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Dentistry

What is baby teething fever?

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The process through which the teeth of a child erupt through the gums is teething. This can lead to a number of symptoms, including mild fussiness and discomfort.

Several parents and caregivers say that fever is a symptom of teething as well. However, there is no scientific evidence to support this claim.

Fever might well coincide with teething, but it likely signifies a separate health problem, such as an infection.

This article identifies some explanations why teething and fever can happen together. As well as those that are not, we also outline the signs associated with teething. Ultimately, we give advice about how to alleviate teething pain, how to treat a fever, and when to see a doctor.

Can teething cause a fever?

teething In babies

Seattle Children’s Hospital (SCH) warns that fever is a symptom of infection rather than a result of teething. When the child is 6-12 months of age, these infections usually occur more frequently. It coincides with the age when most kids start teething.

There are two key reasons why teething and infections happen at comparable times:

  • Increased exposure to new pathogens: At 6–12 months of age, the infant is sucking and chewing various objects as they explore their world by putting things in their mouth. This exposes them to new pathogens.
  • Loss of antibodies: When infants are 6–12 months old, they begin to lose antibodies that their mother transfers to them during birth. This means their immune system has to respond to more infections, such as colds.

Fever may occur at the same time as teething, to summarize. However, fever, rather than a typical symptom of teething, is a sign of infection.

Fever definition

The definition of fever in infants depends in part on their age and the method used for taking their temperature. As below, medical professionals describe fever:

  • Infants younger than 3 months of age: Fever is a temperature of 100.4oF (38oC) and higher.
  • Older infants and children: Fever is a temperature of 101.2oF (38.4oC) and higher.

Teething symptoms

At around 6 months of age, most babies begin teething. Some babies, however, can begin as early as 4 months, while some begin teething as late as 12 months.

Once the first set of teeth comes in, every few months, children can begin to get new teeth.

Some symptoms babies may experience during teething are described below.

Pain

Doctors believe that when teething, some babies feel slight gum pain. It causes a crack in the gum when the tooth erupts from the gum-line. This gum pain may be due to the freshly damaged gum getting into the bacteria.

However, because babies do not clearly say that their gums are hurt, doctors can not conclude that gum pain is caused by teething.

Crying and irritability

Mild gum pain and discomfort in some babies can cause irritability. This may, in fact, lead to a rise in crying.

SCH notes, however, that teething pain does not cause unnecessary crying. An illness or other underlying problem may signal this amount of crying.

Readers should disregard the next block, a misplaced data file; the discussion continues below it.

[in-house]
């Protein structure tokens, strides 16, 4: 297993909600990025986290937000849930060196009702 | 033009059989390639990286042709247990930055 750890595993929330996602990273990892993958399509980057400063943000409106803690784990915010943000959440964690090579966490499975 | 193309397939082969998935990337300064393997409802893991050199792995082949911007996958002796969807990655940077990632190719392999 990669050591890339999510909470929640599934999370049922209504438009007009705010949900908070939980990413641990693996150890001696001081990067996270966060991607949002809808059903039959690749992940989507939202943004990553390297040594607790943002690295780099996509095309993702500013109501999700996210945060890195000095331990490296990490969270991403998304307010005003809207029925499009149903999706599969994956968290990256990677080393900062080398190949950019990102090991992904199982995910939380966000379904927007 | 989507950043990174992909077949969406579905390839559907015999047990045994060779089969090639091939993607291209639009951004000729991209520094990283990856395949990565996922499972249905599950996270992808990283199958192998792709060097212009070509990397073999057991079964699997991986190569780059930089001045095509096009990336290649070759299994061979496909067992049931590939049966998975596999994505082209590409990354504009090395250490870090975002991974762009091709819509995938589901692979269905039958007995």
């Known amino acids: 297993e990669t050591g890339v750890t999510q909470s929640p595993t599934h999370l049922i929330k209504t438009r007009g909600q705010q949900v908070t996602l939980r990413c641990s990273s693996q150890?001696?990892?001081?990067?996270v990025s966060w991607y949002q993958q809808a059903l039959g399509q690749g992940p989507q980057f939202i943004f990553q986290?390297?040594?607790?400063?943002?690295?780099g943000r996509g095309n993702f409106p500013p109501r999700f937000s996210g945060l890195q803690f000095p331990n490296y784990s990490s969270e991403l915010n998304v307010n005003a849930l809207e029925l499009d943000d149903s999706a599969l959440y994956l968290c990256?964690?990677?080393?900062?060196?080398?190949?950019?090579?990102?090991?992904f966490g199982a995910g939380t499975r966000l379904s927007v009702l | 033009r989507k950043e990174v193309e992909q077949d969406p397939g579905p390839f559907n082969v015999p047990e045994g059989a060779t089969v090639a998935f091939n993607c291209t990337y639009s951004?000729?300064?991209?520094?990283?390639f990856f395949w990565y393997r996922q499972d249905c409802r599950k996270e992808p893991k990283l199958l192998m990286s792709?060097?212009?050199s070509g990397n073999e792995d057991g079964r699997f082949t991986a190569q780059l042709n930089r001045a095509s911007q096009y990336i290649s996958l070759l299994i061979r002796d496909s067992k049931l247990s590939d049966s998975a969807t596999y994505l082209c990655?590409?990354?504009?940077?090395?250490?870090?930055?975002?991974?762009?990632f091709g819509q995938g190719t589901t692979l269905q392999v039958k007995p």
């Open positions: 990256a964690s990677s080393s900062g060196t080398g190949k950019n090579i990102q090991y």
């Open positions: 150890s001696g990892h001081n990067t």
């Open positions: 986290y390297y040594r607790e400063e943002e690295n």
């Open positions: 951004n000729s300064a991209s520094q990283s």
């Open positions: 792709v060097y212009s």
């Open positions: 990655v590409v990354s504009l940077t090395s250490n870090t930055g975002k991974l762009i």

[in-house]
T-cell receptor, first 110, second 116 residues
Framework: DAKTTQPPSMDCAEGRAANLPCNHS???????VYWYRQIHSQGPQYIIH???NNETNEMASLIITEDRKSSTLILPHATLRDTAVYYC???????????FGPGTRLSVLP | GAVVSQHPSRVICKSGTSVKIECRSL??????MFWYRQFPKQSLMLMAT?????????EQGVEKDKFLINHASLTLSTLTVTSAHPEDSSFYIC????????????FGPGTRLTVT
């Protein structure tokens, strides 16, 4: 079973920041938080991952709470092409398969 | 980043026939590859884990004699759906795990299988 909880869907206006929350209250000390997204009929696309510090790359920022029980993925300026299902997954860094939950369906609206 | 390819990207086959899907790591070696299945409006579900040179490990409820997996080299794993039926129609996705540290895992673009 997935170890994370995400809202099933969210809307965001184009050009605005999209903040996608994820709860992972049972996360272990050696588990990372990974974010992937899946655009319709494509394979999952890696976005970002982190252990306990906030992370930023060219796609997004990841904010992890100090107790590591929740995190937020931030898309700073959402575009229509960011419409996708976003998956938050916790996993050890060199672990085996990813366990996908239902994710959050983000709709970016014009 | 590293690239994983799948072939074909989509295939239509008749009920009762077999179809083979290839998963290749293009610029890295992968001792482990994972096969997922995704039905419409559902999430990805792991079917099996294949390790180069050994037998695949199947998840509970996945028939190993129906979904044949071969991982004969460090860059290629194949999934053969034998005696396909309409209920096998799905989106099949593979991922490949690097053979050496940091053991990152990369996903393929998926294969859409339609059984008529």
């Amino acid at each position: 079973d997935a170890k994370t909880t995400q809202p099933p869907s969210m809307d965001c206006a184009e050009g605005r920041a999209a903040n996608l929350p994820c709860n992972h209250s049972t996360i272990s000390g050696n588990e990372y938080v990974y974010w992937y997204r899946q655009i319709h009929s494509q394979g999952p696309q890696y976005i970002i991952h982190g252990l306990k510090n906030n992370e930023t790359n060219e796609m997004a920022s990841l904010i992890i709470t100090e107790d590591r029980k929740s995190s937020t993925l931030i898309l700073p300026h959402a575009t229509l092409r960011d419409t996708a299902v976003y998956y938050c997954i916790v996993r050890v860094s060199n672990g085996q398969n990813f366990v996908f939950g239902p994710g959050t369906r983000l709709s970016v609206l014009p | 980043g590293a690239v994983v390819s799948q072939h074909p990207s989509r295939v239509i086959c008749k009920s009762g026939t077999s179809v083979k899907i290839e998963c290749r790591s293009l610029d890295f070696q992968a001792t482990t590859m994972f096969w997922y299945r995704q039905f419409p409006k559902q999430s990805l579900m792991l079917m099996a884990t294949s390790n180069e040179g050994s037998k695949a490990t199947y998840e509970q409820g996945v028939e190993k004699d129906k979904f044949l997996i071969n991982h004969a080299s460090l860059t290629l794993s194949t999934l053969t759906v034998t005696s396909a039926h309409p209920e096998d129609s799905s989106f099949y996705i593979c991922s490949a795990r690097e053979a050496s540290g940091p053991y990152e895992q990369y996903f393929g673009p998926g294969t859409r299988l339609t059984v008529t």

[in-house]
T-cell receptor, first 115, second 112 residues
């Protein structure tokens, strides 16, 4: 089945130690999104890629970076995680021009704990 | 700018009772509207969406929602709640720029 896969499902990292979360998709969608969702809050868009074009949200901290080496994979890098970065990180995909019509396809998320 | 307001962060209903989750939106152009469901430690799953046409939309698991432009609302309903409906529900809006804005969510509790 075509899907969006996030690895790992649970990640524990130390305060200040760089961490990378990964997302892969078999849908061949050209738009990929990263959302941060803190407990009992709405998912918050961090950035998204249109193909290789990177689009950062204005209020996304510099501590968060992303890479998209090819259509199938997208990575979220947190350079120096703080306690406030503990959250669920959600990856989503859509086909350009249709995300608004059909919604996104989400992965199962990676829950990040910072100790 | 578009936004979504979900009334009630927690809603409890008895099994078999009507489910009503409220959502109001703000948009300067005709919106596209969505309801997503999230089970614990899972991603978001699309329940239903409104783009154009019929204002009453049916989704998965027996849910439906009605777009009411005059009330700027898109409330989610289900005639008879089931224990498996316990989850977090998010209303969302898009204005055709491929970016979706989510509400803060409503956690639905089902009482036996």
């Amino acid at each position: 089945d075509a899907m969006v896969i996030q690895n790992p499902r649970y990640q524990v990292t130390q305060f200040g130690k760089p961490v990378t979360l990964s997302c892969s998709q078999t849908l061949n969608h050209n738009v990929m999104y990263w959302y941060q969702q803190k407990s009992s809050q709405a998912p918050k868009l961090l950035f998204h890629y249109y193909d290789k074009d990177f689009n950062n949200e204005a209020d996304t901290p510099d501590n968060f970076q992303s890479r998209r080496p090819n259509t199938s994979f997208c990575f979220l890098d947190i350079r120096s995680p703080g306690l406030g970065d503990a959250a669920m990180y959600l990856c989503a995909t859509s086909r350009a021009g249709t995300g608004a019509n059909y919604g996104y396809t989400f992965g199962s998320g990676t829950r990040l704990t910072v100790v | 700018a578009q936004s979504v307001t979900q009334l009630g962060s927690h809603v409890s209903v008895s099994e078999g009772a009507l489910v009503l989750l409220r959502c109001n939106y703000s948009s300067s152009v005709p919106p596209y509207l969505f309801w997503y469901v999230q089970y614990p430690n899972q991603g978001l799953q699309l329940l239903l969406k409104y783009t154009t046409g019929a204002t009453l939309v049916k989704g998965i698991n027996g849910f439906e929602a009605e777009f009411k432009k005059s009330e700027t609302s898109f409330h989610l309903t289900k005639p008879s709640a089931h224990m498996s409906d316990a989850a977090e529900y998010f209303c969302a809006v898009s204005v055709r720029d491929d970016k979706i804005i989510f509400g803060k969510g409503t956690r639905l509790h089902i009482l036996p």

Symptoms not associated with teething

Some signs of illness may be misunderstood by a parent or caregiver as common teething symptoms.

Some symptoms that are not associated with teething include:

  • vomiting
  • diarrhea
  • extensive rash
  • excessive crying
  • lethargy

It is possible that a child displaying all of these signs is unwell. A parent or caregiver should take them to see a doctor as soon as possible if they have particularly severe symptoms.

How to soothe sore gums 

To help ease the teething pain of their child, parents and caregivers should try the following strategies:

  • Nursing: Continuing to breastfeed the infant may help soothe them.
  • Rubbing the gums: Use a clean finger to apply gentle pressure to the gums.
  • Giving them something safe to chew on: A firm rubber teething ring may help ease teething discomfort. People should avoid offering liquid-filled teething rings because they can break, causing the liquid to leak into the infant’s mouth. A person should never leave their infant alone with any teething toy, as there is a risk they may choke on them.
  • Asking a doctor for advice: If other remedies are not effective, talk to a doctor about over-the-counter pain relievers, such as acetaminophen or ibuprofen. Never give aspirin to an infant.

Teething treatments to avoid

Some strategies for teething pain that should be avoided by parents and caregivers are below.

Frozen teething rings

Some teething rings come with fridge chilling instructions. While this is fine, people should not chill them in the freezer. The gums of an infant may be harmed by a frozen teething ring.

Teething creams and gels

The American Pediatrics Academy warns against using topical numbing creams and gels on the gums of an infant. As they wash away quickly, these items are ineffective. Some also contain components that can damage red blood cells, likely poisoning and even kill a baby.

Teething beads, bracelets, or necklaces

Some parents think teething necklaces in amber minimize teething pain. They claim they release succinic acid, which eases inflammation. There is no evidence for this, however. The amounts of succinic acid required for inflammation reduction are far higher than could be released by amber beads.

Amber beads are also dangerous. The Food and Drug Administration ( FDA) cautioned parents in 2018 that the beads could break and cause babies to choke. Teething bracelets and beads are dangerous for the same reason, while necklaces can also strangle babies.

How to treat a fever

A fever is a sign of an illness or disease being fought by the body. As such, it is not the fever itself that needs medical attention, but the underlying problem.